It is often said that bread is the staple of life. True, many cultures have their own forms of bread. Italians also love bread, and it plays a huge role in their lives, including everyday and holidays. Italian Americans opened bread bakeries in every neighborhood where they settled. In Valdese, North Carolina, a town settled by Waldensians, Protestant Italians from the Piedmont region of Italy, they built an oven out of local field rock to bake their bread. The oven still stands at the Le Phare des Alpes men’s club, where they bake loaves twice a year. Italian Americans have bread with their pasta. We like to dunk Italian bread into the tomato gravy. We also like to dunk it into the delicious olive oil and oregano juice of a summer tomato salad. Bread is important during the holidays. During St. Joseph’s Day, the Sicilians of New Orleans create shaped breads as part of their gorgeous and elaborate tables of offerings to the Saint. In honor of St. Joseph, who was a carpenter, they make pasta with breadcrumbs and sardines, the breadcrumbs symbolizing sawdust. Italian Americans from the Marche region make a sweet pasta with breadcrumbs and stuffed squid with breadcrumbs to commemorate the day. Breadcrumbs are used in everyday cooking as well, as an ingredient in meatballs, in stuffing for vegetables, as a coating to fry things, or as a topping for pastas with aglio e olio(garlic and olive oil) or anchovy sauce.

Anchovy sauce

Anchovies were eaten in ancient Rome. They were used to create one of the oldest condiments, what is referred to as Roman ketchup, garum. Italian Americans still use anchovies as a base for sauce used for pasta, as mentioned above in the breadcrumbs section.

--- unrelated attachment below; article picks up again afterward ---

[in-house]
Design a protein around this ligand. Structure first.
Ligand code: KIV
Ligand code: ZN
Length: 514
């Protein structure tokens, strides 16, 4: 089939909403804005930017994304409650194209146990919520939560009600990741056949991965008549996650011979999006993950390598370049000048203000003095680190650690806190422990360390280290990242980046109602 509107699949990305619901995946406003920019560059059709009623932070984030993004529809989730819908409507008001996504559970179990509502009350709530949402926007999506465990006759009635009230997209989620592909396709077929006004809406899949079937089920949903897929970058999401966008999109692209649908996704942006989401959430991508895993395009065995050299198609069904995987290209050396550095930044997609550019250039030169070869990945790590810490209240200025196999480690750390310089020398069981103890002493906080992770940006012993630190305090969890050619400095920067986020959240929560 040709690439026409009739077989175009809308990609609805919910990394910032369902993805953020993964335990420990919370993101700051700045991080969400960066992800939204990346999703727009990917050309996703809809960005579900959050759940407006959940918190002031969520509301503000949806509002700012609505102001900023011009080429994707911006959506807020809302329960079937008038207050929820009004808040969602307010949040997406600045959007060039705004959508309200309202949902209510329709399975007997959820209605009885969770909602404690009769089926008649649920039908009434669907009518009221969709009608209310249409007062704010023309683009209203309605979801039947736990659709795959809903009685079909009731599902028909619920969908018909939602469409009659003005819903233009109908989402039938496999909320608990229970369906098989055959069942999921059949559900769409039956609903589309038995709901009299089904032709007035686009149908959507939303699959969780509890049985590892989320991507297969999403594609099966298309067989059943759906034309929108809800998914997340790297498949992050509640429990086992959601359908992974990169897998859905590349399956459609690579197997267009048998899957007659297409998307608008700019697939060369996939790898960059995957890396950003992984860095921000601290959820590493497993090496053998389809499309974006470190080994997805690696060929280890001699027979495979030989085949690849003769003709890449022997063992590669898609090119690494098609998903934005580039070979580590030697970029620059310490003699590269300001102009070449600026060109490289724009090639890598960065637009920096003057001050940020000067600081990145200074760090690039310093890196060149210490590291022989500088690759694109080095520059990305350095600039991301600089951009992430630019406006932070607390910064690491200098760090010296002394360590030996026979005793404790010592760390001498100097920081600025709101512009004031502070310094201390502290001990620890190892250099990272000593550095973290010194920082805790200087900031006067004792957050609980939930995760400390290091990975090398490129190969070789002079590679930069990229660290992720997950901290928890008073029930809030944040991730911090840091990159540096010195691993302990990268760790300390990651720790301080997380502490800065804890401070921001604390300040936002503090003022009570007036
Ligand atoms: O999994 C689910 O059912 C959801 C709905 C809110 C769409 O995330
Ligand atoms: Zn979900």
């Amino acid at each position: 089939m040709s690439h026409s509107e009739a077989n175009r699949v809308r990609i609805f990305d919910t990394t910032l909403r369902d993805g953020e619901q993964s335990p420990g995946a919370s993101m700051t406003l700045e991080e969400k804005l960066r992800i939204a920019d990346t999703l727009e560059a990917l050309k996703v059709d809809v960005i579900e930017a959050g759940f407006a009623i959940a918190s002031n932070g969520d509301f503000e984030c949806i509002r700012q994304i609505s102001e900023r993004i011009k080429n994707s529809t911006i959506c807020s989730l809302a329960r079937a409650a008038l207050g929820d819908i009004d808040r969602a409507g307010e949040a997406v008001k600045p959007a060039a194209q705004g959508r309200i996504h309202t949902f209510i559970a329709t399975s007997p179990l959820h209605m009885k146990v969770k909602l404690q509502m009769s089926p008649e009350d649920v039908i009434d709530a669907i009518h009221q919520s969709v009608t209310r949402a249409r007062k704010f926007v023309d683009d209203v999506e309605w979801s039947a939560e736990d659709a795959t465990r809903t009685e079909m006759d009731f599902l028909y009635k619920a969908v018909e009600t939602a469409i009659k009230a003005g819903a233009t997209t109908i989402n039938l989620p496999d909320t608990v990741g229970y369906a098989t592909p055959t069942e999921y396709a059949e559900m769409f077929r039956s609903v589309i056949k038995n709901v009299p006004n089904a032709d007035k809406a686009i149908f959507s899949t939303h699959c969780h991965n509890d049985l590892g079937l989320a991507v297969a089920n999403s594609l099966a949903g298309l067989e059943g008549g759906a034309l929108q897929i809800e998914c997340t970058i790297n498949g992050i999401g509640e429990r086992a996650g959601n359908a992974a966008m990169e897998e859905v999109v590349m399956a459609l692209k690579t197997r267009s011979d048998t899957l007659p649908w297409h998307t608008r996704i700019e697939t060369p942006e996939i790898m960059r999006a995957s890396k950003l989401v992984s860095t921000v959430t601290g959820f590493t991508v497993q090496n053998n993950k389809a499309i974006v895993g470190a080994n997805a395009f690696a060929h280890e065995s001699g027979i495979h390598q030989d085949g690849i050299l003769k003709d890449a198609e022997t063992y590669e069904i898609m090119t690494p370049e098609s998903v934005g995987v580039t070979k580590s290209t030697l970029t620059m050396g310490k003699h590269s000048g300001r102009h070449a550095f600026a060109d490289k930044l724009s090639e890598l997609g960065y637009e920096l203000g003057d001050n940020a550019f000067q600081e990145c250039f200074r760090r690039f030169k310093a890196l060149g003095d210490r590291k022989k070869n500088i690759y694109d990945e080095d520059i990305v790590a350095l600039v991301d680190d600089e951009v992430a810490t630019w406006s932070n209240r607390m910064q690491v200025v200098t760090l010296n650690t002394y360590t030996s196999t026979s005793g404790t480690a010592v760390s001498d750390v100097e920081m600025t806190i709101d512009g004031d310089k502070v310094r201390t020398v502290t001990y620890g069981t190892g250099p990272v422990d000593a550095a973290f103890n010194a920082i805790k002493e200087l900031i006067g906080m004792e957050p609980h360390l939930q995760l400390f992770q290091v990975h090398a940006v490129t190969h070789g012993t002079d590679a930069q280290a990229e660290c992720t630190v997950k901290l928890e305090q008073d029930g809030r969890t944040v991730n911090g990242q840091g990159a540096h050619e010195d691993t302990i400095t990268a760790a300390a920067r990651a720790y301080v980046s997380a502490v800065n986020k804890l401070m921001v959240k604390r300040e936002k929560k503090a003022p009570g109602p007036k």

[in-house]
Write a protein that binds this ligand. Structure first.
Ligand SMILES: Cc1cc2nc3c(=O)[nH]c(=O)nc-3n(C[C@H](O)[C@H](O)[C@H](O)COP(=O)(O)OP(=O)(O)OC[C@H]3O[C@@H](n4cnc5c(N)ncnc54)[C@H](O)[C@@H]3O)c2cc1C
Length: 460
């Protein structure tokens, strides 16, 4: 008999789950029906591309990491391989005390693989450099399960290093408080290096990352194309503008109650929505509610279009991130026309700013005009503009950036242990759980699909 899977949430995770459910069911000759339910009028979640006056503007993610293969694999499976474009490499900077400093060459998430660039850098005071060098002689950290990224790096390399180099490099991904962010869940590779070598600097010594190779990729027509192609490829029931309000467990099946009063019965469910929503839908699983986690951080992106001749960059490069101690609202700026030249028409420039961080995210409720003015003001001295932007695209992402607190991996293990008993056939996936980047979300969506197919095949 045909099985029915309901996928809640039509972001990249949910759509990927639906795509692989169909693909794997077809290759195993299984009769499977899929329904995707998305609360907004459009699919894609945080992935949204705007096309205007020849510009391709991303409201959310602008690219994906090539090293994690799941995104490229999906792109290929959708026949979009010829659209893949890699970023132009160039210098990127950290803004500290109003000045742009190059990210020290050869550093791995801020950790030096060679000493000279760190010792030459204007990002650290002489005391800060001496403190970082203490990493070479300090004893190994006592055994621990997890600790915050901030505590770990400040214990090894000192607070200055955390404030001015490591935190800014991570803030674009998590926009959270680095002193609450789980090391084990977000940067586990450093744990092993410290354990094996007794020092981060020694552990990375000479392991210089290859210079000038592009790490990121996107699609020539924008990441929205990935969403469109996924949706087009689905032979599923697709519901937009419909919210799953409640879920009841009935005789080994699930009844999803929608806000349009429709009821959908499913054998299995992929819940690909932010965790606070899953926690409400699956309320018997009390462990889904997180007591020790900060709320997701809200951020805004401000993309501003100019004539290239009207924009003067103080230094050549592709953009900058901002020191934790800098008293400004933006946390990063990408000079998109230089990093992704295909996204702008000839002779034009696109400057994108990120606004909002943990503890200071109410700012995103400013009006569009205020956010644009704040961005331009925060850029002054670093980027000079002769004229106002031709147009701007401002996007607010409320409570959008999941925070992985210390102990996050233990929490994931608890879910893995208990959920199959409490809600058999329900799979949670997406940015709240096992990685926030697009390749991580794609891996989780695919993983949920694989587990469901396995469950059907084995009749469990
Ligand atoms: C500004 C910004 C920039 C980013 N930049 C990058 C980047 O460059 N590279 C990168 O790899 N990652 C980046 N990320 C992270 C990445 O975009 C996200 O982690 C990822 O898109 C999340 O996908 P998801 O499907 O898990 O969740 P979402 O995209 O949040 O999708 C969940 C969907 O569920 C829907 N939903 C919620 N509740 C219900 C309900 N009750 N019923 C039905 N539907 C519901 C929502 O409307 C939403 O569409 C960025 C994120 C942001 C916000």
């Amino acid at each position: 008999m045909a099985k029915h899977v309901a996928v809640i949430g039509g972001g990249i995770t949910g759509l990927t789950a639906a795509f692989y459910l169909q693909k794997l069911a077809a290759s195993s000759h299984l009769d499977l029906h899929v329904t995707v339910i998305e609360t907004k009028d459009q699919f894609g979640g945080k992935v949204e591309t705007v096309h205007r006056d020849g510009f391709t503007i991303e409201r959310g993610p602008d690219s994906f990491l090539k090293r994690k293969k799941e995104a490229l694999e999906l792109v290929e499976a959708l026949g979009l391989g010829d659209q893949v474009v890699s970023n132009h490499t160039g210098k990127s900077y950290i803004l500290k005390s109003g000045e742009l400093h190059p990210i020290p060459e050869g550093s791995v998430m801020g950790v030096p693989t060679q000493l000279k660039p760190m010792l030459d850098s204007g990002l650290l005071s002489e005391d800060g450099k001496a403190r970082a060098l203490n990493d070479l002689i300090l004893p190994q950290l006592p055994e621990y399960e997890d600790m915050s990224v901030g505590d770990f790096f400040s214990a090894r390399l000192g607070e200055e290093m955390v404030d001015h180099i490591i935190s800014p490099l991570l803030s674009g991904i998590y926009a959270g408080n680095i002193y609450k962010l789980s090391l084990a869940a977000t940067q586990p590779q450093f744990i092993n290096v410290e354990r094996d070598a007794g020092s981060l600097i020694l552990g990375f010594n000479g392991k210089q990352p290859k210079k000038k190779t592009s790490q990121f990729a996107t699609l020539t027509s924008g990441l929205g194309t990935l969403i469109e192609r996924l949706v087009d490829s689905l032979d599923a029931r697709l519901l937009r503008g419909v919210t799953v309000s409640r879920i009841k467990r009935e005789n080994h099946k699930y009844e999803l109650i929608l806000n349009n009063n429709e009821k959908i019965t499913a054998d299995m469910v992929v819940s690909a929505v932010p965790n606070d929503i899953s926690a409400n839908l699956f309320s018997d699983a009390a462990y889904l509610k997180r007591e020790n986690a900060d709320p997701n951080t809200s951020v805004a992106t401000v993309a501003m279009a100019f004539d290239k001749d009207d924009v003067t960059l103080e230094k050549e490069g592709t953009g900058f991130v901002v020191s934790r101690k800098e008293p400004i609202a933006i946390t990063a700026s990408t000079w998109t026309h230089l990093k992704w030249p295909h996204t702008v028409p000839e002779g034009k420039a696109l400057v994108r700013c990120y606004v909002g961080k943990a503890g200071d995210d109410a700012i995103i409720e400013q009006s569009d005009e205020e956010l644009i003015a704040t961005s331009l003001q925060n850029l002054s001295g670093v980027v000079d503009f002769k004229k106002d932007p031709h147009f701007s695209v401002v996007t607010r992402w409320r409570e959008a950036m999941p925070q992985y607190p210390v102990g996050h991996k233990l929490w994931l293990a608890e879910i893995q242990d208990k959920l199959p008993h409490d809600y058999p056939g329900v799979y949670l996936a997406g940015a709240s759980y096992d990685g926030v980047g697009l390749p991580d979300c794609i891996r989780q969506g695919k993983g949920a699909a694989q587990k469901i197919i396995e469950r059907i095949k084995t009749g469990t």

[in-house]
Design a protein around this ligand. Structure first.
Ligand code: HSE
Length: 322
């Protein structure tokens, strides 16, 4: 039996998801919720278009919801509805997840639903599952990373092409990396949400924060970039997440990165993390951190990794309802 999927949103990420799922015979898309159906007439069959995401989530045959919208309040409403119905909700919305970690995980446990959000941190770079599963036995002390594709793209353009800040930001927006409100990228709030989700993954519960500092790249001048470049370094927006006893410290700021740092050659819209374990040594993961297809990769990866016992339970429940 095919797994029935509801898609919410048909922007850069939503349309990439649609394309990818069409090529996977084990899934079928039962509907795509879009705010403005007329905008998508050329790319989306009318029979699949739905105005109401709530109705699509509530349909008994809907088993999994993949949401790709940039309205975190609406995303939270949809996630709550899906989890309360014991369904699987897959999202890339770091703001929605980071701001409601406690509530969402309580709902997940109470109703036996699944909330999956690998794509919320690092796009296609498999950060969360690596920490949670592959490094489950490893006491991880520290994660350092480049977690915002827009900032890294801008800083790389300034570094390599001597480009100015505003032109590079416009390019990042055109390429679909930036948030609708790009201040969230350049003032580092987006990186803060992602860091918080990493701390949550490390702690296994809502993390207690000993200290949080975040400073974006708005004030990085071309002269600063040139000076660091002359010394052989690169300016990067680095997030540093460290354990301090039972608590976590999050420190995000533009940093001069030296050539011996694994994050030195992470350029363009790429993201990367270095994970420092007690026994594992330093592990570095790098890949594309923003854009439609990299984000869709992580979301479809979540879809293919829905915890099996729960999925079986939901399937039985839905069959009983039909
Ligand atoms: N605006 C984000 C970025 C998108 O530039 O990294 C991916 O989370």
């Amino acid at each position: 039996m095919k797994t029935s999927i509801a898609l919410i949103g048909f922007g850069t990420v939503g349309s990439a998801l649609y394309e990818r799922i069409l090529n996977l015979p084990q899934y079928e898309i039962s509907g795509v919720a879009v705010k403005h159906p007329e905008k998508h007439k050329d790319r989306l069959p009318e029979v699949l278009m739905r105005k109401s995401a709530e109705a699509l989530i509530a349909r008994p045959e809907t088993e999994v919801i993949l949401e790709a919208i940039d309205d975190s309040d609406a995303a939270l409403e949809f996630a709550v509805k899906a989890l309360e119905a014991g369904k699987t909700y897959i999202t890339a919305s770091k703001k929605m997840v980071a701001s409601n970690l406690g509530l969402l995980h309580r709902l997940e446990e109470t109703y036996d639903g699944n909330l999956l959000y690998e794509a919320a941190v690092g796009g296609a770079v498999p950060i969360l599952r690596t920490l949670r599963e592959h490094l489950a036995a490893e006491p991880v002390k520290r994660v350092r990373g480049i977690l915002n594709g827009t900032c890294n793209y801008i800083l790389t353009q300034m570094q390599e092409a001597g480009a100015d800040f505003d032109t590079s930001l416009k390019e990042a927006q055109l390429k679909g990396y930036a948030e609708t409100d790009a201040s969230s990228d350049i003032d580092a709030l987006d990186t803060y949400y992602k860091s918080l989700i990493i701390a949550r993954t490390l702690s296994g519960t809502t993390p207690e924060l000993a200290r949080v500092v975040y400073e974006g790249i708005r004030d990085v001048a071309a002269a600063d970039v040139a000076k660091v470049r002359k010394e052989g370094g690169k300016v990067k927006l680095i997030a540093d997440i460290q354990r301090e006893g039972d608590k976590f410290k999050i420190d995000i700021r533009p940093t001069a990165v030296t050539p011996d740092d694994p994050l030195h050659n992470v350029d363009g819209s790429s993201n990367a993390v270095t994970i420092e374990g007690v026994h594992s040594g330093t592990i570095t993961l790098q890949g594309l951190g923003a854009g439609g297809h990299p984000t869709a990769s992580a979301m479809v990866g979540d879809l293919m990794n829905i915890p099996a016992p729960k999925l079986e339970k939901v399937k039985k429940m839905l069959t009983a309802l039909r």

The oldest cheese made from cow and sheep or goat’s milk was recently found in an Egyptian tomb, dating back some 3,300 years. The Italians made cheese in ancient times too. Ancient Romans wrote about ricotta. Ricotta is used by Neapolitans to accompany pasta with tomato sauce. It is used as a filling for the Easter savory pizza chiena, an egg-cheese-meat pie, and the sweet pastiera, a ricotta and wheat pie. It is also used in baked pastas like lasagna or ziti, or in stuffed pastas like manicotti or shells. It is used in the Sicilian St. Joseph’s Day sfinci/sfingi, and of course, in the Sicilian cannoli. Mozzarella is also used in baked macaroni, as well as in pizza chiena. It is eaten fresh as part of an antipastoplatter or with a tomato salad. Hard cheeses are used to top pasta or soup or eaten fresh as part of an antipasto platter. Italian Americans are predominantly from Southern Italy and prefer the sheep’s milk cheese pecorino romanofor their grated cheese.


Honey was an ancient sweetener. Italian Americans use honey to make a syrup to coat nuts or struffoli, Neapolitan and Southern Italian fried dough balls, a holiday treat. The calcionetti cookies mentioned above as well as the St. Joseph’s Day sweet pasta are also prepared with honey.

Wheat and wheat berry

Wheat is a sign of rebirth. It is no surprise then that it is the star of a signature Neapolitan Easter dessert, the pastiera, or wheat pie. The pie was made in pagan times, though, and carried over into Christian tradition. Sicilians and Southern Italians celebrate the Feast of St. Lucy on December 13 with a wheat berry soup or custard called cucciato honor the Saint for saving them from famine.


The ancient fruit is still enjoyed by Italian Americans. Many Italian Americans have their own fig trees and eat the fruit fresh. The Sicilian cuccidati cookie mentioned above in the nut section includes a fig-based paste.

Chickpeas and lentils

Both of these ancient foods are staples in the Italian-American kitchen. We make soups out of both and also serve both with pasta. They also make for good Lenten meals because they are meatless, although this is a tradition that arose after Christianity. Sicilians make chickpea fritters called panelle.

Dina M. Di Maio is a New York- and Tennessee-licensed lawyer with an MFA in creative writing from NYU. She has written and/or edited for Glamour, Family Circle, Time Out New York, the American Bar Association, and more, on many topics, including food and Italian culture.